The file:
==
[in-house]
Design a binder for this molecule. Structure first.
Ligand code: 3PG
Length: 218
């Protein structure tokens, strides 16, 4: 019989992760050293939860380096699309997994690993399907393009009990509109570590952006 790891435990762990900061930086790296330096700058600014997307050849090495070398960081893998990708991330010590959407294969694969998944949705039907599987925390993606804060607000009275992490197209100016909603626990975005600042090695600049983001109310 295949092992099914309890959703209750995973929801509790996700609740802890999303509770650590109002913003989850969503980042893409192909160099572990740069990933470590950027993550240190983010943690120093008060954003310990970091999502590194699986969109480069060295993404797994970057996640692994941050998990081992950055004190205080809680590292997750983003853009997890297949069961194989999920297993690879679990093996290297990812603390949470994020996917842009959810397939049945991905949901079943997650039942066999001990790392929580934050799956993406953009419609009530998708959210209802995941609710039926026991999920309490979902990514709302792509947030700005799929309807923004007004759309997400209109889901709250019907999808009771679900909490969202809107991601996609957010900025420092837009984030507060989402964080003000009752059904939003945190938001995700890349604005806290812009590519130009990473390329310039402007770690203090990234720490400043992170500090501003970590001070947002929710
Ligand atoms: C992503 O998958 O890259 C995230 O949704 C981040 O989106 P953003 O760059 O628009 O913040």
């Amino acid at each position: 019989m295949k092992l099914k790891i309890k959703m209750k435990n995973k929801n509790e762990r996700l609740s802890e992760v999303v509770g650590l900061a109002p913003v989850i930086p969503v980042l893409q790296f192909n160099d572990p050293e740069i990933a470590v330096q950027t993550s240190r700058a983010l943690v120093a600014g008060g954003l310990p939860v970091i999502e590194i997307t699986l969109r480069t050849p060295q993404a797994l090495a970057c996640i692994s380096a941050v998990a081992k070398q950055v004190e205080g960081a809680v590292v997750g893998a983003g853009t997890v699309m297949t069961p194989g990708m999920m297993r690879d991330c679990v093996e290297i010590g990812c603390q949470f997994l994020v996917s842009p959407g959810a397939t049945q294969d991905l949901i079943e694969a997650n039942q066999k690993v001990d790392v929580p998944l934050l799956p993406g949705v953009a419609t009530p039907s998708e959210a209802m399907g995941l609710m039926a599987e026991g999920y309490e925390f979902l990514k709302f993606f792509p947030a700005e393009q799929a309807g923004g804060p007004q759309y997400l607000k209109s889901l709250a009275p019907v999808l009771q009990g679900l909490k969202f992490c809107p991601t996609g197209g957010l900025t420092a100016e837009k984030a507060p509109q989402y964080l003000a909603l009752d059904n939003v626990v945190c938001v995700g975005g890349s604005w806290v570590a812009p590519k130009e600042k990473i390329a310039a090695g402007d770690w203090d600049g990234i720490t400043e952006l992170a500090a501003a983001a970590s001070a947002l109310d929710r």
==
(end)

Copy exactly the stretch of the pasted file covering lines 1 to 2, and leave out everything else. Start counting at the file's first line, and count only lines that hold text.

[in-house]
Design a binder for this molecule. Structure first.